With all the hype around Warner Bros’ release of their DC Universe movie schedule, it’s no wonder that people are especially excited about the prospect of a ‘Wonder Woman‘ film, especially all those who have been hounding Hollywood for a proper female superhero film. Which is understandable, since there has yet to a be a respectable stand-alone super heroine in films, even with how long characters like Wonder Woman have been around. With that in mind, it seems Lynda Carter, who fans will remember as TV’s ‘Wonder Woman’ in the late 70s, was recently interviewed with her thoughts on what she’d like to see in the upcoming movie, the character, and why she thinks it has taken Hollywood so long to make a ‘Wonder Woman’ movie.

“Ultimately, she’s about truth, and it’s all heart with her. She’s a strong female force. … She’s strong, but she’s so much more — not everybody gets that … Most important, I want her to have a heart and a strong sense of humor.”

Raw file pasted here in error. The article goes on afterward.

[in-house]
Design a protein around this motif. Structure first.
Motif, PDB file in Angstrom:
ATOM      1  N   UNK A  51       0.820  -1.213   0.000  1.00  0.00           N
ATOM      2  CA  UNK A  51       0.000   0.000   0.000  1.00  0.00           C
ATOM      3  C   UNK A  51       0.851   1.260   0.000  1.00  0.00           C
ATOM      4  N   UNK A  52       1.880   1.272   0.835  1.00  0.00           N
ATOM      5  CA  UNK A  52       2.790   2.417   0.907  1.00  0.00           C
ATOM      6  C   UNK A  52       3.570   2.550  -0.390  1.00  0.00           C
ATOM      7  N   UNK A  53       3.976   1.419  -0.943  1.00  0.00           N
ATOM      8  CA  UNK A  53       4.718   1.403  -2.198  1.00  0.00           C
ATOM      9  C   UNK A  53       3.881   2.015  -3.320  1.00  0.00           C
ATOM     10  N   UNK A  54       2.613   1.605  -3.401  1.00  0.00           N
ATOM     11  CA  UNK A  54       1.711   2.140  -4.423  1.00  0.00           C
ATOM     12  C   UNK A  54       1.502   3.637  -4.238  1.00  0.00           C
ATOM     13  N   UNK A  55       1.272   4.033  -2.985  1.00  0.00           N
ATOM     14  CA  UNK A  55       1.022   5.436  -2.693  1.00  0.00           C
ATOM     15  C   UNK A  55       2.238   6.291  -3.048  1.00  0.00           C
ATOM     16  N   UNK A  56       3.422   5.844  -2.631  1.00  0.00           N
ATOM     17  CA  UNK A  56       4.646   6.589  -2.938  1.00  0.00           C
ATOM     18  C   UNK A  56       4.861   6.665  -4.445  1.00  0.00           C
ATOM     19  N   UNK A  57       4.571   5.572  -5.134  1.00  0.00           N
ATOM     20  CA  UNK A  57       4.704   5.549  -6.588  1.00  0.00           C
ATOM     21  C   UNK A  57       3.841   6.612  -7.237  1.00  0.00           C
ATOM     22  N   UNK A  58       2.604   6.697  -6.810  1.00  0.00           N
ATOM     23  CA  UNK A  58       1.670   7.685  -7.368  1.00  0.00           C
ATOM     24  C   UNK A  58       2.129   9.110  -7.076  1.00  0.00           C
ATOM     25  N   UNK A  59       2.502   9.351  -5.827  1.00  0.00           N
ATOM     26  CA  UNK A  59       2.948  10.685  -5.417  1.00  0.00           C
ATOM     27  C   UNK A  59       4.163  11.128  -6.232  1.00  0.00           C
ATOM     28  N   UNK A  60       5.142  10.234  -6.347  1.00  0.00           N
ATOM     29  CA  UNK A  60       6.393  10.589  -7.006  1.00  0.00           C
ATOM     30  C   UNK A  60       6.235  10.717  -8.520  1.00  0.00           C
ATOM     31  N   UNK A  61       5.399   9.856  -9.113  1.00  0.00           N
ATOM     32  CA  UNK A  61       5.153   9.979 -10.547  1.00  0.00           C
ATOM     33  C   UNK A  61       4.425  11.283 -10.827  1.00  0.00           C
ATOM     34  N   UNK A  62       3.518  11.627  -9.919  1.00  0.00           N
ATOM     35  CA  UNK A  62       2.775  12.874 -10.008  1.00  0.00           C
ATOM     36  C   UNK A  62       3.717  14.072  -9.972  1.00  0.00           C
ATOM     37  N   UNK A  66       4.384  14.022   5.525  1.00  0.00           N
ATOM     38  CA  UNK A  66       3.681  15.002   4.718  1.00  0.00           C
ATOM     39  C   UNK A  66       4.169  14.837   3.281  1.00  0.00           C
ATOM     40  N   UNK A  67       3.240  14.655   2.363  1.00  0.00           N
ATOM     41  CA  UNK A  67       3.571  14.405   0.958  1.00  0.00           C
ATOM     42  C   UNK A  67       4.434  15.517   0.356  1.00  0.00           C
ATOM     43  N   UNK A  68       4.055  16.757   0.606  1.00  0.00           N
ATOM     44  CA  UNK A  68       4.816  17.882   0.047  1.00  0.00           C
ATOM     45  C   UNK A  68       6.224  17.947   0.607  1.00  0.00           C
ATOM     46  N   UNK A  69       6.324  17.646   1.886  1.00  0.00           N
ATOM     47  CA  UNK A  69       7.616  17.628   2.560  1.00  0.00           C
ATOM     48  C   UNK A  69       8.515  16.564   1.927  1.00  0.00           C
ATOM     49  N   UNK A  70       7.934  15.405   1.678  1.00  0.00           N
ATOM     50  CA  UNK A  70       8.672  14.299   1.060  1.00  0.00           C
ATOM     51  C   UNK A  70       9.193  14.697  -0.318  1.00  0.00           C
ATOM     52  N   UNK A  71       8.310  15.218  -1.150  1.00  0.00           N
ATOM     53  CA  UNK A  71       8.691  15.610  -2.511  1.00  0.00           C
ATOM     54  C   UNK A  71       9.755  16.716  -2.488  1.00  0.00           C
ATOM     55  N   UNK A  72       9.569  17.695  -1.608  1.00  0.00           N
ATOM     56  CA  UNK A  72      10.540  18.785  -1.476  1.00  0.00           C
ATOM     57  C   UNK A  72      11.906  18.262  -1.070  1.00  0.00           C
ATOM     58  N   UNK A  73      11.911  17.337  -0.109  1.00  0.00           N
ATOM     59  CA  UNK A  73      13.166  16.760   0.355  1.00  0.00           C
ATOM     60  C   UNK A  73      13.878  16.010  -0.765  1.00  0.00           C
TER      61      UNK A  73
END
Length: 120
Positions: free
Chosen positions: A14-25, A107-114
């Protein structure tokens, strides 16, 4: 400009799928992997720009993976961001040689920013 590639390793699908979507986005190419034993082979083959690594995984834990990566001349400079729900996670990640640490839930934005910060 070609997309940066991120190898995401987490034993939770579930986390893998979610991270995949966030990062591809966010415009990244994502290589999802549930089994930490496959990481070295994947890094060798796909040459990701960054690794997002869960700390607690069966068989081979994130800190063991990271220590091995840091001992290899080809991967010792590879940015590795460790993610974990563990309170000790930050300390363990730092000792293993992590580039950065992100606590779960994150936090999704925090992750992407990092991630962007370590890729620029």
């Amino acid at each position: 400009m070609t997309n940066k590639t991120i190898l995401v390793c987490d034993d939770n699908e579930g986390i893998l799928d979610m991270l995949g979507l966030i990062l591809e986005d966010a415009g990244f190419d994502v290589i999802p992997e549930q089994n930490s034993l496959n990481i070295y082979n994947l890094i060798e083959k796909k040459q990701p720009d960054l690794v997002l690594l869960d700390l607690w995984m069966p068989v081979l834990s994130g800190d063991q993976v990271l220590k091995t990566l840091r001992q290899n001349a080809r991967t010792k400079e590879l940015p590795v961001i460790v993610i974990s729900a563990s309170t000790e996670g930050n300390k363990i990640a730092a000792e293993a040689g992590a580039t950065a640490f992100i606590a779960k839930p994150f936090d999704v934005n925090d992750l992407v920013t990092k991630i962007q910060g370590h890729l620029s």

Of course, if the ‘Wonder Woman’ movie is anything like the rest of the DC Cinematic Universe, Carter may not get her wish about the sense of humor. But I appreciate that she sees the characters as mulit-dimensional, and hopes Gal Gadot interprets the character as such. In regards to her opinion on why it’s taken Hollywood so long to launch a female superhero movie, Carter had the following to say:

“I think females baffle men, and so, that’s made it difficult to get a Wonder Woman movie made.”

To which she might be right. Historically comic book fandom has been mostly male, which in turn has led to many of the driving forces behind all these superhero films, the original fans of the comics, being male. Potentially, this might have made it difficult for them to hone in on how exactly to make a female super hero movie, and how it would appeal to a broad audience.

Of course the whole point might be moot once Warner Bros finds a director and screenwriter for ‘Wonder Woman,’ for only then will we be able to discern the direction the project is taking. Will ‘Wonder Woman’ hold up against her male counterparts? Will she be everything Lynda Carter hopes for, and tried to bring to life during her own turn as the Amazonian Princess? We’ll see when the move comes out in 2017.

Source: CinemaBlend